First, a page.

.. es that “you could see that hat about ten miles away”(Salinger 205), however, Holden is clueless as to exactly how much that hat makes him stand out, even when he sees it on his little sister. He does not understand the brand that society has put on him through that red hat. Societys affect on Holden becomes illustrated through the red hat by way of a brand or mark. The hat is something that Holden bought for himself, yet in the end it became a mark of society on Holden because the peculiarity of the hat separated him from others. The most important symbol in the novel The Catcher in the Rye is most likely the symbol that gives the book its title. Holdens fascination with the Robert Burns poem ” If a Body Meet a Body”, spurs this dream of his future occupation.
First of all, Holden hears the song being sung by a little boy whose parents are completely ignoring him. The child is walking next to the curb in a straight line singing “If a body catch a body coming through the rye”. Holden enjoys hearing the song and watching the little boy : ” He was just singing for the hell of it, you could tell. The cars zoomed by, brakes screeched all over the place, his parents paid no attention to him, and he kept on walking next to the curb and singing “If a body catch a body coming through the rye” (Salinger 115). Holden hears this little child walking along and singing, not caring what anyone thinks of him.
It comforts him because this little child is a representation of Holden. The boy is being ignored, and yet he keeps going along singing like there was nothing wrong. Holden wishes that he could go along just like that little boy, but instead he has to grow up and face the world. The child is also a symbol, because it represents this innocence that Holden wishes to hold on to, but he cannot manage to hang on as hard as he tries. The child also signifies Holden in the fact that his parents are like the childs: completely unaware of their youngster, even when he faces dangers of speeding cars. Holden sees this child as lost, like himself but he realizes that the child may have a chance.
At the very end of the novel, Holden is having a conversation with his little sister, Phoebe, about the song that he heard the little boy singing. Holden then proceeds to talk about what he wishes he could do all day long : “You know what Id like to be?” I said… “Anyway, I keep picturing all these little kids playing some game in this big field of rye and all..What I have to do, I have to catch everybody if they start to go over the cliff…I have to come out from somewhere and catch them . Id just be the catcher in the rye and all.” (Salinger 172-173) Holden finally states what he wants to do with the rest of his life. To everyone else it sounds crazy, but Holden dreams of catching little kids before they fall off of a cliff. The rye field that Holden sees all of these children playing in is the playground of childhood.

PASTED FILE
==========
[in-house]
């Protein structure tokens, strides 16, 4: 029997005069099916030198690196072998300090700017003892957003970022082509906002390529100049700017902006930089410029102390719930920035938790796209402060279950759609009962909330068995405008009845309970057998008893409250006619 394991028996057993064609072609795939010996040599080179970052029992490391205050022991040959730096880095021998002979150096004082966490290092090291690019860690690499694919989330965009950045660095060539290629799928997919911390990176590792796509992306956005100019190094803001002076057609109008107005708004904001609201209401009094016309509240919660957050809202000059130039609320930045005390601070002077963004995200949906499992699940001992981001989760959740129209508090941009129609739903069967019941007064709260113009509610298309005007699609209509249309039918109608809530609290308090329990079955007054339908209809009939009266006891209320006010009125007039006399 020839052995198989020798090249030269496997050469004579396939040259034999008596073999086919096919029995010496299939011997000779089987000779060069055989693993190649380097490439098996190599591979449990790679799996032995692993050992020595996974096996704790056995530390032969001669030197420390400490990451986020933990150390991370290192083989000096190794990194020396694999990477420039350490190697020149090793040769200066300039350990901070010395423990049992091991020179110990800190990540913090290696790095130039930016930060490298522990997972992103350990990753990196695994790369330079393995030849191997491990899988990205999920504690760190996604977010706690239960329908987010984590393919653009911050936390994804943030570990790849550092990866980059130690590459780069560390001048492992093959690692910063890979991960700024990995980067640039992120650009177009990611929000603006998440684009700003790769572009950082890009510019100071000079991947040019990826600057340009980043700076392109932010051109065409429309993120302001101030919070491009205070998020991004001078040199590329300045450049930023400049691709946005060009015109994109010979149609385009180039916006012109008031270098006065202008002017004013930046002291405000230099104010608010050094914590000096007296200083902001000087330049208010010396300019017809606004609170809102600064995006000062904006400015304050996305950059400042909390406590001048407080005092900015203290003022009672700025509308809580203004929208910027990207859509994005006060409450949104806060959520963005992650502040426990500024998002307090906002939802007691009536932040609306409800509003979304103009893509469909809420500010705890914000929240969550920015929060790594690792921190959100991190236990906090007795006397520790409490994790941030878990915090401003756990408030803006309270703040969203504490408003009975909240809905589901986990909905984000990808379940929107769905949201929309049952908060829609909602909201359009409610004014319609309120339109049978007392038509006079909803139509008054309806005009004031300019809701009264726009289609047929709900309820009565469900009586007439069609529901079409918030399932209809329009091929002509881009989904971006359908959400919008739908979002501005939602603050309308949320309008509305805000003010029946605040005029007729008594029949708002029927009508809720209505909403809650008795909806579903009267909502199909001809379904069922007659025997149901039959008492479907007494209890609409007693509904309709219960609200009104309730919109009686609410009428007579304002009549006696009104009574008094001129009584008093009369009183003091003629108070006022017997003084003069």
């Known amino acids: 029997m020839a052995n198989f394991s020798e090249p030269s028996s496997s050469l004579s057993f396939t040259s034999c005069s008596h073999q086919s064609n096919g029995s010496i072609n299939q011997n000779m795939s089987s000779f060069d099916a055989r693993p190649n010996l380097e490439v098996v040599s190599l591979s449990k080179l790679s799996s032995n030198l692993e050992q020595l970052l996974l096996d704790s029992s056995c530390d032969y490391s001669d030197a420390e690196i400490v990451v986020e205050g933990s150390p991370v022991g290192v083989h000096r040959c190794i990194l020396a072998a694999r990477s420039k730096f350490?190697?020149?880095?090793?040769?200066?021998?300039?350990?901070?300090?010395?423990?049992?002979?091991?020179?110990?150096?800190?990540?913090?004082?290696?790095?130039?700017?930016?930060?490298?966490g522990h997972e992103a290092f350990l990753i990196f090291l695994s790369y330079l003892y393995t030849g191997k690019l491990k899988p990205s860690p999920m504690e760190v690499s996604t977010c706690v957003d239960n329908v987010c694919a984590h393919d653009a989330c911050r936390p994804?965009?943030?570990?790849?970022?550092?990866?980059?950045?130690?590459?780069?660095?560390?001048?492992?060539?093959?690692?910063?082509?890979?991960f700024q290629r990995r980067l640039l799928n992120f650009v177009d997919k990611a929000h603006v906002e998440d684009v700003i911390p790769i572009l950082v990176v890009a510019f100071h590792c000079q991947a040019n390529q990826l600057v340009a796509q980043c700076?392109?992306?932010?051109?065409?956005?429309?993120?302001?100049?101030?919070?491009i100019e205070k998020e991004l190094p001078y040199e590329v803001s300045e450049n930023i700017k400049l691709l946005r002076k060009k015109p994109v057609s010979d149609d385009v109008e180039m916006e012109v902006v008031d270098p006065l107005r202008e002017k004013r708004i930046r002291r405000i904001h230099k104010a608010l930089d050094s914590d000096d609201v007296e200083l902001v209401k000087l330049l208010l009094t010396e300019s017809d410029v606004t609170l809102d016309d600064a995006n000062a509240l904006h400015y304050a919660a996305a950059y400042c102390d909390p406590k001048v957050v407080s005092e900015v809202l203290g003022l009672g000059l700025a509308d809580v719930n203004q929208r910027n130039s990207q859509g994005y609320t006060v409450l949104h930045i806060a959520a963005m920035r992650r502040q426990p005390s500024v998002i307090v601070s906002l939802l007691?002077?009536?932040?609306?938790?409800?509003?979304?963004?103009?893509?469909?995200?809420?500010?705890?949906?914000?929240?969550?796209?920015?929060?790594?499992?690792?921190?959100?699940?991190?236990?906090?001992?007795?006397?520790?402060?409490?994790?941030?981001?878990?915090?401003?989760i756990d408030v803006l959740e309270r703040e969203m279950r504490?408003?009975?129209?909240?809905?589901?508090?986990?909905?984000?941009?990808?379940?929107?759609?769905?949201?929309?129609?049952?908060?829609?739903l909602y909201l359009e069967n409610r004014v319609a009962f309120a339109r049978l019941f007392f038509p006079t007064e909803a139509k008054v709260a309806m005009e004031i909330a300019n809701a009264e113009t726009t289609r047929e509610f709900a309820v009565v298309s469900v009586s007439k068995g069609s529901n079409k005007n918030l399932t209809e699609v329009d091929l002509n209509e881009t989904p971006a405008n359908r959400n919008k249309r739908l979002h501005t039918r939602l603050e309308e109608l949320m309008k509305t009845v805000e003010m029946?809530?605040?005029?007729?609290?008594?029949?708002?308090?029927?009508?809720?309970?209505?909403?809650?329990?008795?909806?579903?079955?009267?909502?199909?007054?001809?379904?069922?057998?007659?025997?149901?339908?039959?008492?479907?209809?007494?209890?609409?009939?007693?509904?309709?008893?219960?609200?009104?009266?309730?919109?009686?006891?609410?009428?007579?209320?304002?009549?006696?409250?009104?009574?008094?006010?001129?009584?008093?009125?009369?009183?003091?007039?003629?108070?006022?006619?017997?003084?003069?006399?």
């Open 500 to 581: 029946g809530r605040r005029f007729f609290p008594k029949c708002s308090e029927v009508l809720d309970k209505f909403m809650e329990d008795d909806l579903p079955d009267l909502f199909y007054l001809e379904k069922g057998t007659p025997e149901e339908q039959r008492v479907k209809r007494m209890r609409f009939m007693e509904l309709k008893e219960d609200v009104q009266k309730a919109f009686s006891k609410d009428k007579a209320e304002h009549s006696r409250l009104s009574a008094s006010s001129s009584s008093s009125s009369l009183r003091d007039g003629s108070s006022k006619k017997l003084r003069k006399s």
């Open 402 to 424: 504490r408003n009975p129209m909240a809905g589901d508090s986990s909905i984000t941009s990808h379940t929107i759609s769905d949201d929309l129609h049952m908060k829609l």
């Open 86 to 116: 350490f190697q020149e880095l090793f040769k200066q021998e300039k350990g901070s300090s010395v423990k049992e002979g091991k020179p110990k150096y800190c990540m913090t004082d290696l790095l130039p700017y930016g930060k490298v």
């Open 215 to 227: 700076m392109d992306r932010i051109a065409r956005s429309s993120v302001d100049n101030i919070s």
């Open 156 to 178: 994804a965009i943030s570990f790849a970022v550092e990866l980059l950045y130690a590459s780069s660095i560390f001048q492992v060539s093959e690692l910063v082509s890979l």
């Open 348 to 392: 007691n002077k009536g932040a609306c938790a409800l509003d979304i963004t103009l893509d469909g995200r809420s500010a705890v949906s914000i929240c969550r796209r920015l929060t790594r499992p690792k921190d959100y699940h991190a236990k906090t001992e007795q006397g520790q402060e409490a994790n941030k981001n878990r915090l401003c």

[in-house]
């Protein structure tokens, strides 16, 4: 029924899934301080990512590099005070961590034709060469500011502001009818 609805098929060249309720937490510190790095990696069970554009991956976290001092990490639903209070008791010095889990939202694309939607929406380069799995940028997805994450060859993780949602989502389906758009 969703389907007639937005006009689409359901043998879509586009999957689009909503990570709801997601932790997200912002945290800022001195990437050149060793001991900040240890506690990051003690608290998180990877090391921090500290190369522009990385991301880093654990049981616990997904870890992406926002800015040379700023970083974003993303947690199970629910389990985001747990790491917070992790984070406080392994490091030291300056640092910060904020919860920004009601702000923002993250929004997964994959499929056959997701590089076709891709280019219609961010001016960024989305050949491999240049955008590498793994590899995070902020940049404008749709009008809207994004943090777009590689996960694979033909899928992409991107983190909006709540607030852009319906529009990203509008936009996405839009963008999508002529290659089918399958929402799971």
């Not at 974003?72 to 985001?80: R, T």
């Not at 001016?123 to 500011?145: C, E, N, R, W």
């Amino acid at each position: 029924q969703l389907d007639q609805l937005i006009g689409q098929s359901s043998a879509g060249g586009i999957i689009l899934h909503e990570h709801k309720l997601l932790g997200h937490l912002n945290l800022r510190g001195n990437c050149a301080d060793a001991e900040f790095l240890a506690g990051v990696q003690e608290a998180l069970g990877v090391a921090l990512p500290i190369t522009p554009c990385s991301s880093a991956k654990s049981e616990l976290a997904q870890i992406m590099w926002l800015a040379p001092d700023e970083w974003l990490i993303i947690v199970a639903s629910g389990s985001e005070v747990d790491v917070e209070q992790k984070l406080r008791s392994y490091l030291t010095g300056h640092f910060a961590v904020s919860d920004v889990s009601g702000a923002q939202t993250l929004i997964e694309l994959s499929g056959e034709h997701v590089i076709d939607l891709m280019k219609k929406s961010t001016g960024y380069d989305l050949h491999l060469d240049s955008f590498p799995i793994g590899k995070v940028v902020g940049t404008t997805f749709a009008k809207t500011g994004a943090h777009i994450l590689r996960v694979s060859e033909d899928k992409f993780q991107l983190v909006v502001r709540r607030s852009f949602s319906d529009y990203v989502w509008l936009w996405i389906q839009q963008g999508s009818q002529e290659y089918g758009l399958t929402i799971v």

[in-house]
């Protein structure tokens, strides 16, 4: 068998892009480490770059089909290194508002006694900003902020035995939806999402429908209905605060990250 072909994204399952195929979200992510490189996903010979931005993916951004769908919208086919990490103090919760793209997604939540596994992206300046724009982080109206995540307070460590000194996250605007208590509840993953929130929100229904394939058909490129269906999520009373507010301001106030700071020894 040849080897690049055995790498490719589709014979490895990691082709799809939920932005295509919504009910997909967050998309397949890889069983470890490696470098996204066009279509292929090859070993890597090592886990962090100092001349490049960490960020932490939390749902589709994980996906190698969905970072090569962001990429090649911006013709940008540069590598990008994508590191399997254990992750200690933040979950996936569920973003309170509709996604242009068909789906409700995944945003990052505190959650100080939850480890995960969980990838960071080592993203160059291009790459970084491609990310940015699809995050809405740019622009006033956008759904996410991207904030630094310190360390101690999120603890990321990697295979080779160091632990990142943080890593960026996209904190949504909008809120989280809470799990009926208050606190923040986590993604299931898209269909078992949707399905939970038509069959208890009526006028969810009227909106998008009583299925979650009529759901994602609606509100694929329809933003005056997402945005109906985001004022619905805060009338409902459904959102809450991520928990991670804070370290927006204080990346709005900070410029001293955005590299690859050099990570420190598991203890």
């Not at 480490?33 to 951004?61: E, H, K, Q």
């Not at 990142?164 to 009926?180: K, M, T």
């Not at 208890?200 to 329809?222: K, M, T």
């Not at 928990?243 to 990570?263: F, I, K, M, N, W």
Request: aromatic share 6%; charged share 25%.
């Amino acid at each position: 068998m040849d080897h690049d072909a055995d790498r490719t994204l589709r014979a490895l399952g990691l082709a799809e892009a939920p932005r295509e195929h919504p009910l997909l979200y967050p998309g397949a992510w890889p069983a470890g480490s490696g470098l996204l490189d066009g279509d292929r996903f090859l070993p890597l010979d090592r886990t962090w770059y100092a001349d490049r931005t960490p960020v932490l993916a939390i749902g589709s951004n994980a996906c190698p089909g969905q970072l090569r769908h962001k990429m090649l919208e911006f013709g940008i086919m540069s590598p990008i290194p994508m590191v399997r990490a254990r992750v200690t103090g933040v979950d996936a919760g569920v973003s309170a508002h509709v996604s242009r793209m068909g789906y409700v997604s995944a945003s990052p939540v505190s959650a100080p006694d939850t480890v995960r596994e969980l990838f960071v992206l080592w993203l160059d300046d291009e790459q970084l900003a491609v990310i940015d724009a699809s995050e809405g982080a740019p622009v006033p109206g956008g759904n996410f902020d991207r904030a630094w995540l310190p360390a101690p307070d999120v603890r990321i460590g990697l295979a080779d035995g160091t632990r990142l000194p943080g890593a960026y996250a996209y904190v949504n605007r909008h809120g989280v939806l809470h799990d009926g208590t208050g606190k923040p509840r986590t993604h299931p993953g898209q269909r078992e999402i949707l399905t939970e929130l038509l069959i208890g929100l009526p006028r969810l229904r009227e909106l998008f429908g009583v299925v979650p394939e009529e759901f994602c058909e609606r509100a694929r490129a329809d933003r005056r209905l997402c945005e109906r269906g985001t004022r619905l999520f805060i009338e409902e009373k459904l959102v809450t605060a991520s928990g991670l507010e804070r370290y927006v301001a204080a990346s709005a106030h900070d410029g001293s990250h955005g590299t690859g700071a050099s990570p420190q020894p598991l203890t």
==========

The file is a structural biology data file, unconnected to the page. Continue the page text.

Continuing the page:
The children playing in the rye field cannot see over the rye and into what looms in their future. To make sure that none of the children have to face what Holden did, he will catch them so that they do not have to go through the transition all alone. Holden Caulfield wants to catch kids before they fall off into the oblivion that he has been faced with in his transition to adulthood. The little boy that he saw walking in the street was one of the ones that he could have saved had he been able to. Holden wishes that someone would have saved him from falling off that cliff, and so now he dreams of saving others from the isolation and indecision that he had to face.
Salinger is trying to show the reader that Holden wants to save the innocence of other children because he was forced to surrender his. He makes a point of Holdens innocence being so dear to him, which is exactly what society is trying to take away from Holden. Through the use of setting, and symbolism, J. D. Salinger shows the reader that Holden , needs the support of the environment around him, and the environment also needs Holden as a person. He comes from a generation that cannot find their identity: one that leaves people with so little choice that they become angry and bitter, and cannot figure out their place in the world. Holdens lack of guidance by his parents leaves him to be guided by the environment that he lives in. He cannot fit in, because society is not a good teacher, and Holden becomes mixed up in his values and his ways. Society mandates that people be what society thinks, but this is not the case.
Holden Caulfield, in trying to do what society thinks best, ends up a victim of indecision. The society that is creating Holden is ever changing, and whenever Holden thinks he is figuring everything out, he becomes lost again. The novel distinctly portrays the society Holden lives in as controlling him, however, Holden just does not belong to that society. He cannot go forward and he cannot go back; he is stuck in the middle, feeling very lost. In this novel, JD Salinger is moderately effective at portraying the nature of societal and individual interdependency.
While Salinger is highly effective when portraying the interdependency between and individual and their environment, he is not very effective when portraying the dependency in symbols. While Salingers symbols send messages to the reader, his settings show the actual conflicts between a person and his environment, and the effects that both the individual and the society have on each other.